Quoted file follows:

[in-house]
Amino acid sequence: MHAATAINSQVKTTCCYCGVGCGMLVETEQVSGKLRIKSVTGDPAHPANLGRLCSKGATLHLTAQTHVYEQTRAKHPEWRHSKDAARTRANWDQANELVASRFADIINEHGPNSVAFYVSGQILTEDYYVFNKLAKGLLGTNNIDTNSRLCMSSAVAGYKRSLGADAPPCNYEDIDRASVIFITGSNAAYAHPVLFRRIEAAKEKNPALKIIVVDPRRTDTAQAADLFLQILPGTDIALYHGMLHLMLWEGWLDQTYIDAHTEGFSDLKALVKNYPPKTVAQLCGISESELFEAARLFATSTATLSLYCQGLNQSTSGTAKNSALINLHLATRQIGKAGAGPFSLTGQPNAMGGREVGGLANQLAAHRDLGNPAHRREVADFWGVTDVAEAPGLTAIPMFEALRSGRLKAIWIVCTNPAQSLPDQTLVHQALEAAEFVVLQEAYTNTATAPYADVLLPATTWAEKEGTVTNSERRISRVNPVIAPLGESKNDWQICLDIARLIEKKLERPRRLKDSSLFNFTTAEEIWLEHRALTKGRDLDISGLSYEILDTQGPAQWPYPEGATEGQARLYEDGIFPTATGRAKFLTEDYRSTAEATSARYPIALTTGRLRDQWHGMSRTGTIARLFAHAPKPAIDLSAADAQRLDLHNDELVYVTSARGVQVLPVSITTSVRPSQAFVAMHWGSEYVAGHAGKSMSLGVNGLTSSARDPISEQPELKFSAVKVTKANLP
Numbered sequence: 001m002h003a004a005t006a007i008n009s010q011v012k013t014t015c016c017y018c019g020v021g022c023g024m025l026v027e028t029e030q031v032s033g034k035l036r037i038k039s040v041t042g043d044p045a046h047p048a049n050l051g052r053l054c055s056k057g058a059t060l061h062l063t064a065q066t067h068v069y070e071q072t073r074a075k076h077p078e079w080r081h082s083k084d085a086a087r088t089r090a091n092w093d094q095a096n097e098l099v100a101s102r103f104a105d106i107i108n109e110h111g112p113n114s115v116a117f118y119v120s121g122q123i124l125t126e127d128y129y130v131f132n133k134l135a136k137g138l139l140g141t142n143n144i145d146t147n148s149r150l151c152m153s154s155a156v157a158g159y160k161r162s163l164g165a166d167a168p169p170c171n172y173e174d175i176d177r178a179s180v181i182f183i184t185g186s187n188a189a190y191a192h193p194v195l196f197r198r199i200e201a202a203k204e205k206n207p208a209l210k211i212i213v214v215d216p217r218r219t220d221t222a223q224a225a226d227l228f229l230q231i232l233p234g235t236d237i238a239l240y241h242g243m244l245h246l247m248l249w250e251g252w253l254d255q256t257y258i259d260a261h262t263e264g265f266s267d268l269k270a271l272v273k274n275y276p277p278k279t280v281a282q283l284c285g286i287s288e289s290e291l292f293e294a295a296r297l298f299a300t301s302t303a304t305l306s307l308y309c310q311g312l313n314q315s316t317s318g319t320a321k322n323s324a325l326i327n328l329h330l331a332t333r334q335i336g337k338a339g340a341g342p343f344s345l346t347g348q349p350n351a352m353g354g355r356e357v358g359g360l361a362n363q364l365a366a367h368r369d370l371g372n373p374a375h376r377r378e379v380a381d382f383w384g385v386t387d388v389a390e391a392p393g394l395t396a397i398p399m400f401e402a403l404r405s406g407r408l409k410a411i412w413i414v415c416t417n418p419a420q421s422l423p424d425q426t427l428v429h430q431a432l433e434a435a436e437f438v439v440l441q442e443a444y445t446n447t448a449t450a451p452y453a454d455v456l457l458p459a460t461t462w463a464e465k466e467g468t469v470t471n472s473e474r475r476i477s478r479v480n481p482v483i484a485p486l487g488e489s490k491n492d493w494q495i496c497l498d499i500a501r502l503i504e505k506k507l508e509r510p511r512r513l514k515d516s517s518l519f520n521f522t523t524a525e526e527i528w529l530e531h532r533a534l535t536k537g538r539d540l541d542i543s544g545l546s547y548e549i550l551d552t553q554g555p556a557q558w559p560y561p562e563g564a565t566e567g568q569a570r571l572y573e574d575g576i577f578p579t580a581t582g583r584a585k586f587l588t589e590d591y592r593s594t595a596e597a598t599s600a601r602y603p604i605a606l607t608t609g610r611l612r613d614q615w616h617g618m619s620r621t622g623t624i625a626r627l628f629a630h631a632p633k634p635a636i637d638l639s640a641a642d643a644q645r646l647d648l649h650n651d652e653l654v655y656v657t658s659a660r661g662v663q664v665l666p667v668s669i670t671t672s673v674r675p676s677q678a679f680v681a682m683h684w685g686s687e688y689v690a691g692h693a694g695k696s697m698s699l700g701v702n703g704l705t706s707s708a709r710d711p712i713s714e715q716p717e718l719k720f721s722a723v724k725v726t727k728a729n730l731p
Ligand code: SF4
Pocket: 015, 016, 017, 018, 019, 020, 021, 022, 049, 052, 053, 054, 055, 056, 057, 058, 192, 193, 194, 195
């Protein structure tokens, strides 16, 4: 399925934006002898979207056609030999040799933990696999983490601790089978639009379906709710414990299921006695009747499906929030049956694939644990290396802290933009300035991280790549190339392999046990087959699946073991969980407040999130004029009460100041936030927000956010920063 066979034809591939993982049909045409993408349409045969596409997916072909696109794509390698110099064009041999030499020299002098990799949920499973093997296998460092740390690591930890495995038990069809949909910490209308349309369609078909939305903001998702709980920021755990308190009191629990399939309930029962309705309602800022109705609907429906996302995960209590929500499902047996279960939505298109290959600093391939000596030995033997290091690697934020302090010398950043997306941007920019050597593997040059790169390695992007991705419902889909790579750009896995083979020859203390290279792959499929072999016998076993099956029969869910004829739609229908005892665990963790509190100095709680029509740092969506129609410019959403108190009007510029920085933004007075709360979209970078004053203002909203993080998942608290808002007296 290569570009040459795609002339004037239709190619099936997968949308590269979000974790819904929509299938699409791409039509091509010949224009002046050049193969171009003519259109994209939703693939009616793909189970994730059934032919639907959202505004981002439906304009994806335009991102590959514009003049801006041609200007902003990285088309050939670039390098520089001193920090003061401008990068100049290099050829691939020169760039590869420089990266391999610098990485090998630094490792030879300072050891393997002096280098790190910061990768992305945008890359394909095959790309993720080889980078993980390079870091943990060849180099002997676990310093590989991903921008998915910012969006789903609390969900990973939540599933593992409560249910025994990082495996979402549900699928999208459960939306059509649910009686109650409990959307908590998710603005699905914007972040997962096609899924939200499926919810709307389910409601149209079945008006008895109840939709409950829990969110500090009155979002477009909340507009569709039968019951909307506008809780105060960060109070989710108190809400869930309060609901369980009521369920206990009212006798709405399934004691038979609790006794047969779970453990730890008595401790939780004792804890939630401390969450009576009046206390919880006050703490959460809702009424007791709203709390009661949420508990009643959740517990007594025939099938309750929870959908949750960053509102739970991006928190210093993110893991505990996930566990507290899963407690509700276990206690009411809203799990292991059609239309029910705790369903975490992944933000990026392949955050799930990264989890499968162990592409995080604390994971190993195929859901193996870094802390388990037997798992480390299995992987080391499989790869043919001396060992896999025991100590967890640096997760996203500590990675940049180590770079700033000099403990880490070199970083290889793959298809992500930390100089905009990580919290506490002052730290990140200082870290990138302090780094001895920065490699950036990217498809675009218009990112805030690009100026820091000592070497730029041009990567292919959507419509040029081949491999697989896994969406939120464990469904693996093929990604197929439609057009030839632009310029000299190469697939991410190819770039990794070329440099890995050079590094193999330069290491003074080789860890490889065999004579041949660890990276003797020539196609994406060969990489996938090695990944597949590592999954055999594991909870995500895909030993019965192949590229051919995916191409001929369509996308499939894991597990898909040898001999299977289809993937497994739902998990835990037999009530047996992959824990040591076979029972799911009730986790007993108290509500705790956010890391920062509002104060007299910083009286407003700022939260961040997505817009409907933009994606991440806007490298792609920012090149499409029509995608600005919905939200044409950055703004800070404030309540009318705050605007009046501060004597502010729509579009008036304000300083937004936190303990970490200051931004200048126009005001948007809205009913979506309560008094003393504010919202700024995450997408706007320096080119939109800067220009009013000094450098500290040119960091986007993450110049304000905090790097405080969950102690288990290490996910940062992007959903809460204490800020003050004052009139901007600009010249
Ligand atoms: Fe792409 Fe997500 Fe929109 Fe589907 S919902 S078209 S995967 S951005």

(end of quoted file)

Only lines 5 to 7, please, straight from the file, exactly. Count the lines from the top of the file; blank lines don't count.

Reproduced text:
Pocket: 015, 016, 017, 018, 019, 020, 021, 022, 049, 052, 053, 054, 055, 056, 057, 058, 192, 193, 194, 195
């Protein structure tokens, strides 16, 4: 399925934006002898979207056609030999040799933990696999983490601790089978639009379906709710414990299921006695009747499906929030049956694939644990290396802290933009300035991280790549190339392999046990087959699946073991969980407040999130004029009460100041936030927000956010920063 066979034809591939993982049909045409993408349409045969596409997916072909696109794509390698110099064009041999030499020299002098990799949920499973093997296998460092740390690591930890495995038990069809949909910490209308349309369609078909939305903001998702709980920021755990308190009191629990399939309930029962309705309602800022109705609907429906996302995960209590929500499902047996279960939505298109290959600093391939000596030995033997290091690697934020302090010398950043997306941007920019050597593997040059790169390695992007991705419902889909790579750009896995083979020859203390290279792959499929072999016998076993099956029969869910004829739609229908005892665990963790509190100095709680029509740092969506129609410019959403108190009007510029920085933004007075709360979209970078004053203002909203993080998942608290808002007296 290569570009040459795609002339004037239709190619099936997968949308590269979000974790819904929509299938699409791409039509091509010949224009002046050049193969171009003519259109994209939703693939009616793909189970994730059934032919639907959202505004981002439906304009994806335009991102590959514009003049801006041609200007902003990285088309050939670039390098520089001193920090003061401008990068100049290099050829691939020169760039590869420089990266391999610098990485090998630094490792030879300072050891393997002096280098790190910061990768992305945008890359394909095959790309993720080889980078993980390079870091943990060849180099002997676990310093590989991903921008998915910012969006789903609390969900990973939540599933593992409560249910025994990082495996979402549900699928999208459960939306059509649910009686109650409990959307908590998710603005699905914007972040997962096609899924939200499926919810709307389910409601149209079945008006008895109840939709409950829990969110500090009155979002477009909340507009569709039968019951909307506008809780105060960060109070989710108190809400869930309060609901369980009521369920206990009212006798709405399934004691038979609790006794047969779970453990730890008595401790939780004792804890939630401390969450009576009046206390919880006050703490959460809702009424007791709203709390009661949420508990009643959740517990007594025939099938309750929870959908949750960053509102739970991006928190210093993110893991505990996930566990507290899963407690509700276990206690009411809203799990292991059609239309029910705790369903975490992944933000990026392949955050799930990264989890499968162990592409995080604390994971190993195929859901193996870094802390388990037997798992480390299995992987080391499989790869043919001396060992896999025991100590967890640096997760996203500590990675940049180590770079700033000099403990880490070199970083290889793959298809992500930390100089905009990580919290506490002052730290990140200082870290990138302090780094001895920065490699950036990217498809675009218009990112805030690009100026820091000592070497730029041009990567292919959507419509040029081949491999697989896994969406939120464990469904693996093929990604197929439609057009030839632009310029000299190469697939991410190819770039990794070329440099890995050079590094193999330069290491003074080789860890490889065999004579041949660890990276003797020539196609994406060969990489996938090695990944597949590592999954055999594991909870995500895909030993019965192949590229051919995916191409001929369509996308499939894991597990898909040898001999299977289809993937497994739902998990835990037999009530047996992959824990040591076979029972799911009730986790007993108290509500705790956010890391920062509002104060007299910083009286407003700022939260961040997505817009409907933009994606991440806007490298792609920012090149499409029509995608600005919905939200044409950055703004800070404030309540009318705050605007009046501060004597502010729509579009008036304000300083937004936190303990970490200051931004200048126009005001948007809205009913979506309560008094003393504010919202700024995450997408706007320096080119939109800067220009009013000094450098500290040119960091986007993450110049304000905090790097405080969950102690288990290490996910940062992007959903809460204490800020003050004052009139901007600009010249
Ligand atoms: Fe792409 Fe997500 Fe929109 Fe589907 S919902 S078209 S995967 S951005």